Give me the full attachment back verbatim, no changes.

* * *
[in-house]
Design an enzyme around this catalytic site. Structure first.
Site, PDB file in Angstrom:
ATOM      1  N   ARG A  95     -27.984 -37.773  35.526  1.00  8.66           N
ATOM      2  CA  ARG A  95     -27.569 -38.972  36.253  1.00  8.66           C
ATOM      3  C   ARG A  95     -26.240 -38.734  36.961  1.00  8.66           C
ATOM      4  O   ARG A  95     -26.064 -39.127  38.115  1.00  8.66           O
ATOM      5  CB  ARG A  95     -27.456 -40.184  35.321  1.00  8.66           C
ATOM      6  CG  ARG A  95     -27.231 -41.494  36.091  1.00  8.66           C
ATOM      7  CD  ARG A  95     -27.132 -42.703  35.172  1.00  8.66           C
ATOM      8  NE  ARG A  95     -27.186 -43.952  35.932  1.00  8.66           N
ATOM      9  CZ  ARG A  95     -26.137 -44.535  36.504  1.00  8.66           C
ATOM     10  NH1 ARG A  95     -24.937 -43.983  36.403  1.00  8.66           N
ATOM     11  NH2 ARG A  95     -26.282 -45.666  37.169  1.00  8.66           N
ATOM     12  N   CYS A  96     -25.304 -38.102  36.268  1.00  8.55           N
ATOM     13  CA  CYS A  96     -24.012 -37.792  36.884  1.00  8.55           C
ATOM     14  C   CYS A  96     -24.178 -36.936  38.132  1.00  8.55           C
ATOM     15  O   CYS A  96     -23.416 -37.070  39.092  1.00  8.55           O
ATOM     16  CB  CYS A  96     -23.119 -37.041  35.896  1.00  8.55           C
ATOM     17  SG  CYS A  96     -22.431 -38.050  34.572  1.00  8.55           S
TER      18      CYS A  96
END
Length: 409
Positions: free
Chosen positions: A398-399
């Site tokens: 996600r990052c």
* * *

[in-house]
Design an enzyme around this catalytic site. Structure first.
Site, PDB file in Angstrom:
ATOM      1  N   ARG A  95     -27.984 -37.773  35.526  1.00  8.66           N
ATOM      2  CA  ARG A  95     -27.569 -38.972  36.253  1.00  8.66           C
ATOM      3  C   ARG A  95     -26.240 -38.734  36.961  1.00  8.66           C
ATOM      4  O   ARG A  95     -26.064 -39.127  38.115  1.00  8.66           O
ATOM      5  CB  ARG A  95     -27.456 -40.184  35.321  1.00  8.66           C
ATOM      6  CG  ARG A  95     -27.231 -41.494  36.091  1.00  8.66           C
ATOM      7  CD  ARG A  95     -27.132 -42.703  35.172  1.00  8.66           C
ATOM      8  NE  ARG A  95     -27.186 -43.952  35.932  1.00  8.66           N
ATOM      9  CZ  ARG A  95     -26.137 -44.535  36.504  1.00  8.66           C
ATOM     10  NH1 ARG A  95     -24.937 -43.983  36.403  1.00  8.66           N
ATOM     11  NH2 ARG A  95     -26.282 -45.666  37.169  1.00  8.66           N
ATOM     12  N   CYS A  96     -25.304 -38.102  36.268  1.00  8.55           N
ATOM     13  CA  CYS A  96     -24.012 -37.792  36.884  1.00  8.55           C
ATOM     14  C   CYS A  96     -24.178 -36.936  38.132  1.00  8.55           C
ATOM     15  O   CYS A  96     -23.416 -37.070  39.092  1.00  8.55           O
ATOM     16  CB  CYS A  96     -23.119 -37.041  35.896  1.00  8.55           C
ATOM     17  SG  CYS A  96     -22.431 -38.050  34.572  1.00  8.55           S
TER      18      CYS A  96
END
Length: 409
Positions: free
Chosen positions: A398-399
């Site tokens: 996600r990052c």